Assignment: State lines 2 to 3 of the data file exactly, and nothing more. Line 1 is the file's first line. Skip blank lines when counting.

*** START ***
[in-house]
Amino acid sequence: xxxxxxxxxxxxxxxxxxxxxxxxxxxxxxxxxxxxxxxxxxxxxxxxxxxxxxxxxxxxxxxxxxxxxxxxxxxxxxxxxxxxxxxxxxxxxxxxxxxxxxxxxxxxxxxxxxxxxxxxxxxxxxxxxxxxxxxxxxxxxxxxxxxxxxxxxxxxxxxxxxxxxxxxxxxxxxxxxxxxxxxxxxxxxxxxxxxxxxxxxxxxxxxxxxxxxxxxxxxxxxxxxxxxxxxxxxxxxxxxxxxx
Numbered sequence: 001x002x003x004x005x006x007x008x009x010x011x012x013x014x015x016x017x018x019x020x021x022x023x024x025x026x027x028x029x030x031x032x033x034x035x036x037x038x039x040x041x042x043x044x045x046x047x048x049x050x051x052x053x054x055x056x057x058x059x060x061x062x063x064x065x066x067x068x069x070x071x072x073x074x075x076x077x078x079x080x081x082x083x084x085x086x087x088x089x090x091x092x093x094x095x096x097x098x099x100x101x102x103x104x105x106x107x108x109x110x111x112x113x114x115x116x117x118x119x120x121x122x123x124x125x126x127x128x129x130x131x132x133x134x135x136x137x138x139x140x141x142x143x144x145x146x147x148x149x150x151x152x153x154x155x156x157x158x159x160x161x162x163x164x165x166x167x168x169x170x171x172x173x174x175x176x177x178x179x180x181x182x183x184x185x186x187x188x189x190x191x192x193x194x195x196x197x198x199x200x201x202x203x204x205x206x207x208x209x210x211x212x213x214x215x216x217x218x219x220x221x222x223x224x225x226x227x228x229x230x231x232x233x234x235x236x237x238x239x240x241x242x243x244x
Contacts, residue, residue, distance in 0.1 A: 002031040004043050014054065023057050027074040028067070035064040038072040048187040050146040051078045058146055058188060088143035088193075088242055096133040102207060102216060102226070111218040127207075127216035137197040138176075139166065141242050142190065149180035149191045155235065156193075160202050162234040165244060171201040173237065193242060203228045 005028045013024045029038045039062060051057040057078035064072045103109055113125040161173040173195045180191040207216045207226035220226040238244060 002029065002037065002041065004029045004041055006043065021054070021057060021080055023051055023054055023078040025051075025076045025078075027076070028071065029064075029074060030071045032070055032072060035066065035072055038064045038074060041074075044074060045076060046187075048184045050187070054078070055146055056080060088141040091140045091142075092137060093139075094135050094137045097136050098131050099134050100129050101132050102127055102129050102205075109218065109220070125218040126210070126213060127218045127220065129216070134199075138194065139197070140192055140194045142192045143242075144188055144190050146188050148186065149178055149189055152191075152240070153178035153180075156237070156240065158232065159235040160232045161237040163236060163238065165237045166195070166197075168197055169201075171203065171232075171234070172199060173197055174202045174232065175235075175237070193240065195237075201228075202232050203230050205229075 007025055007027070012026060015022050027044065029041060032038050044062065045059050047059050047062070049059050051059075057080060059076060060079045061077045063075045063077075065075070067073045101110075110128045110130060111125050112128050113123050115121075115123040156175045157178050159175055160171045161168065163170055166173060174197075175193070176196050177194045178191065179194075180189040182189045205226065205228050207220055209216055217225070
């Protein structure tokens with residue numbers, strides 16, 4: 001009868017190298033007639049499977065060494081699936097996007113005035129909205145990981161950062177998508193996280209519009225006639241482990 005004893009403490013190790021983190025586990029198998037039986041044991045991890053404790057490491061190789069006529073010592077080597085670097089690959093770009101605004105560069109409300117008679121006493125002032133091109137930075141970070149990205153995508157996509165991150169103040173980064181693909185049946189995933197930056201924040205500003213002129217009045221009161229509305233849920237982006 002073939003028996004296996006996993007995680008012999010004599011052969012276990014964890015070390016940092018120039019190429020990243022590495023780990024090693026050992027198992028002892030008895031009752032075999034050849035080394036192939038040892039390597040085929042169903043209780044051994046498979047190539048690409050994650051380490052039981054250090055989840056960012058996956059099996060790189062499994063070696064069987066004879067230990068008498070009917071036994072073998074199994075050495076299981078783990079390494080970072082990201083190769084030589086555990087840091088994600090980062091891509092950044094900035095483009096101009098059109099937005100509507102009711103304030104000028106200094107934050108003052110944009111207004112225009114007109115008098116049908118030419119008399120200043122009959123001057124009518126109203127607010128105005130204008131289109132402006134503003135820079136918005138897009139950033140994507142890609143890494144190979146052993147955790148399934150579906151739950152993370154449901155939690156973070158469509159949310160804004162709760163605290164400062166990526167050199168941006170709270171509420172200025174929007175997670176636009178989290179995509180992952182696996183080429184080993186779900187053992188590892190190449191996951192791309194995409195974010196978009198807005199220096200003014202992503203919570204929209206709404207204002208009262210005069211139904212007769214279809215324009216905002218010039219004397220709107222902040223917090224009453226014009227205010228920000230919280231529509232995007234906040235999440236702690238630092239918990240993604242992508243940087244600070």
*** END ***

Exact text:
Amino acid sequence: xxxxxxxxxxxxxxxxxxxxxxxxxxxxxxxxxxxxxxxxxxxxxxxxxxxxxxxxxxxxxxxxxxxxxxxxxxxxxxxxxxxxxxxxxxxxxxxxxxxxxxxxxxxxxxxxxxxxxxxxxxxxxxxxxxxxxxxxxxxxxxxxxxxxxxxxxxxxxxxxxxxxxxxxxxxxxxxxxxxxxxxxxxxxxxxxxxxxxxxxxxxxxxxxxxxxxxxxxxxxxxxxxxxxxxxxxxxxxxxxxxxx
Numbered sequence: 001x002x003x004x005x006x007x008x009x010x011x012x013x014x015x016x017x018x019x020x021x022x023x024x025x026x027x028x029x030x031x032x033x034x035x036x037x038x039x040x041x042x043x044x045x046x047x048x049x050x051x052x053x054x055x056x057x058x059x060x061x062x063x064x065x066x067x068x069x070x071x072x073x074x075x076x077x078x079x080x081x082x083x084x085x086x087x088x089x090x091x092x093x094x095x096x097x098x099x100x101x102x103x104x105x106x107x108x109x110x111x112x113x114x115x116x117x118x119x120x121x122x123x124x125x126x127x128x129x130x131x132x133x134x135x136x137x138x139x140x141x142x143x144x145x146x147x148x149x150x151x152x153x154x155x156x157x158x159x160x161x162x163x164x165x166x167x168x169x170x171x172x173x174x175x176x177x178x179x180x181x182x183x184x185x186x187x188x189x190x191x192x193x194x195x196x197x198x199x200x201x202x203x204x205x206x207x208x209x210x211x212x213x214x215x216x217x218x219x220x221x222x223x224x225x226x227x228x229x230x231x232x233x234x235x236x237x238x239x240x241x242x243x244x